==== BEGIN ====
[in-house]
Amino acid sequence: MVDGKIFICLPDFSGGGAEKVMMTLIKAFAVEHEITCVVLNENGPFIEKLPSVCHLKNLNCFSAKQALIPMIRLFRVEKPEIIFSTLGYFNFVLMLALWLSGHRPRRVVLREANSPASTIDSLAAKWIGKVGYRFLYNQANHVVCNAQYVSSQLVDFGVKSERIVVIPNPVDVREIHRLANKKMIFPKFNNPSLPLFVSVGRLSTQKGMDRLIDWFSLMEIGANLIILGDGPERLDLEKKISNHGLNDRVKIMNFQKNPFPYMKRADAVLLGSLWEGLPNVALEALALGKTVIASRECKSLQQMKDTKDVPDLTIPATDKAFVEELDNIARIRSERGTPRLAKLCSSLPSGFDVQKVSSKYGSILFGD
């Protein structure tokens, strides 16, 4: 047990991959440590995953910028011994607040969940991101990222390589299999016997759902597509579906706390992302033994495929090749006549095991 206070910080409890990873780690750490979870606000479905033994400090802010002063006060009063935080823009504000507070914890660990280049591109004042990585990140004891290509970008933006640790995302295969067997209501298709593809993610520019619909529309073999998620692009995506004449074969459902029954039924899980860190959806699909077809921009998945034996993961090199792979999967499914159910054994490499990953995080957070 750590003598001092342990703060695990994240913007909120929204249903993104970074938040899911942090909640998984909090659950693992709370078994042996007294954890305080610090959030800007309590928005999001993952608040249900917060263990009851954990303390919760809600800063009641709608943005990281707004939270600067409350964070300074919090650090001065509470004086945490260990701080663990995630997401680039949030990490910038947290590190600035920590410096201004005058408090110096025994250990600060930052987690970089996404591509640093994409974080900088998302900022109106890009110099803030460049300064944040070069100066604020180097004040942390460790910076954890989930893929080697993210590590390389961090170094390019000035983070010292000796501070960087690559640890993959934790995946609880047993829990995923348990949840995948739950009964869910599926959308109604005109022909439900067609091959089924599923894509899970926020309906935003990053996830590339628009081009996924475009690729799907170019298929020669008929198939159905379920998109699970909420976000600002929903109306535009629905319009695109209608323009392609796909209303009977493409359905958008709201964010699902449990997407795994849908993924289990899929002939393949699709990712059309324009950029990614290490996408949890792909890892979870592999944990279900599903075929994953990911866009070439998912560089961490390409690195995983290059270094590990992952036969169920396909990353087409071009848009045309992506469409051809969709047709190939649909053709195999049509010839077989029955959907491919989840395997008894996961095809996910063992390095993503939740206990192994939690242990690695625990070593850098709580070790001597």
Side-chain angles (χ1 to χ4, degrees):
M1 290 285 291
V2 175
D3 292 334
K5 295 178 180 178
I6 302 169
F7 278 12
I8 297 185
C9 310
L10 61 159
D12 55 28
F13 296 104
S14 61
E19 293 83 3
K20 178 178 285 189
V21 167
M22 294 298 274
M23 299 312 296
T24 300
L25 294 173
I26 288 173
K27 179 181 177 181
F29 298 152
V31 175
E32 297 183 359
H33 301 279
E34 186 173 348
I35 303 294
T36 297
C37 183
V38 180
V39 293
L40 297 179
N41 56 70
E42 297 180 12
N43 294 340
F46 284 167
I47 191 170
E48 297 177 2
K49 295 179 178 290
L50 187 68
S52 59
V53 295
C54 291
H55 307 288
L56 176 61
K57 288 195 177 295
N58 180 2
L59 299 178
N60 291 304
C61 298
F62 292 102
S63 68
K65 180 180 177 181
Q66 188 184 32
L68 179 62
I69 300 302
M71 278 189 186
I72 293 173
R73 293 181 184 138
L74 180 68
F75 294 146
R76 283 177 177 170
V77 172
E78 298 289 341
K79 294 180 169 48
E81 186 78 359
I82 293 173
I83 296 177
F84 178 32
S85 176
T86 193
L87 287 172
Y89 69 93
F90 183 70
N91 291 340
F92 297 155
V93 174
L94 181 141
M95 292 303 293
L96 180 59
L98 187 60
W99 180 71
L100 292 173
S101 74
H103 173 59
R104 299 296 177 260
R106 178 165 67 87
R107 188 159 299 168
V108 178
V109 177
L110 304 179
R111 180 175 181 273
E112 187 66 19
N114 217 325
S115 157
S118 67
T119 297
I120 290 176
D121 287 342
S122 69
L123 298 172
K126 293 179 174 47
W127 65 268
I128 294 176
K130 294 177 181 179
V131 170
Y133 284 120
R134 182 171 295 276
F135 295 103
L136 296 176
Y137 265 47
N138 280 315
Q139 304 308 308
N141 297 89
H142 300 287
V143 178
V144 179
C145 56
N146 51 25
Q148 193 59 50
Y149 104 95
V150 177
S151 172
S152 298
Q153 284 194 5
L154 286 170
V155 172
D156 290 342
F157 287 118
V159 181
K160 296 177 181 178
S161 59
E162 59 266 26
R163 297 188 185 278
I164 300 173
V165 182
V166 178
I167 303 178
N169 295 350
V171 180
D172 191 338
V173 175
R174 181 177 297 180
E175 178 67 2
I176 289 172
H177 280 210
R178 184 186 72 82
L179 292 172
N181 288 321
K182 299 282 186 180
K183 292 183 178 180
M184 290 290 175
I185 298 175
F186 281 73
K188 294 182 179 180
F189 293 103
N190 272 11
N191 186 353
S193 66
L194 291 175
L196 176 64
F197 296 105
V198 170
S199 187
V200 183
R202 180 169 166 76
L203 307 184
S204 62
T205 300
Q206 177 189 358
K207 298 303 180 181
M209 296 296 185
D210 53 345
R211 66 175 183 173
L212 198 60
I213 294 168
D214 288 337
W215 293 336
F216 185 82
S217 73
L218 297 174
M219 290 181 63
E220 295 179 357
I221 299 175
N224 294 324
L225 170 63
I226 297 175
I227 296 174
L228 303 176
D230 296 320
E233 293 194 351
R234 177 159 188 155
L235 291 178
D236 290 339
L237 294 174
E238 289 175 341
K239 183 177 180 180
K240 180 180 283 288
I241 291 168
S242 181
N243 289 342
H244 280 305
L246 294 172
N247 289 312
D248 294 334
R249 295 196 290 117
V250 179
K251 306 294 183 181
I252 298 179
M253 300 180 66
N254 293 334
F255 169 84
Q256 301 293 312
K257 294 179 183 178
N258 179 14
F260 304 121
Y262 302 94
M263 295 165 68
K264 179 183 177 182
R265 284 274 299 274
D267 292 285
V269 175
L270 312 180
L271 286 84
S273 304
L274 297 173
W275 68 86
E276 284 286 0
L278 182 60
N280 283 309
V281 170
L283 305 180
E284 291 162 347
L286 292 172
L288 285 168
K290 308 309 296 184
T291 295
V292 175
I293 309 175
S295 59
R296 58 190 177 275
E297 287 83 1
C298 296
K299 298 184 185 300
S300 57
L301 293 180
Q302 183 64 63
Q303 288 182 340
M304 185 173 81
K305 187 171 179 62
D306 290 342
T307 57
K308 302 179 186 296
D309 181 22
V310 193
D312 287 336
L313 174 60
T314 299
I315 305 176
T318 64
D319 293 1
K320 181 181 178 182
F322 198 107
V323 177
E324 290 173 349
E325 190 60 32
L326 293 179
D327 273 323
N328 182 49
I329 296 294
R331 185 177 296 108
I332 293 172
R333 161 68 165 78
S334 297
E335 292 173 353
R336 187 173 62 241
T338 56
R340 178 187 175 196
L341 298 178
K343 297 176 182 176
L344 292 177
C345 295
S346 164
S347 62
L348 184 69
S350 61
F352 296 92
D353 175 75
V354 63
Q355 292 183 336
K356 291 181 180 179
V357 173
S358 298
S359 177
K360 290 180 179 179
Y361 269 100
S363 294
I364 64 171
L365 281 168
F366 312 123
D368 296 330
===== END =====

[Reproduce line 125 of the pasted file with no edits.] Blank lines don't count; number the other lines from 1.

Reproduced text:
Y149 104 95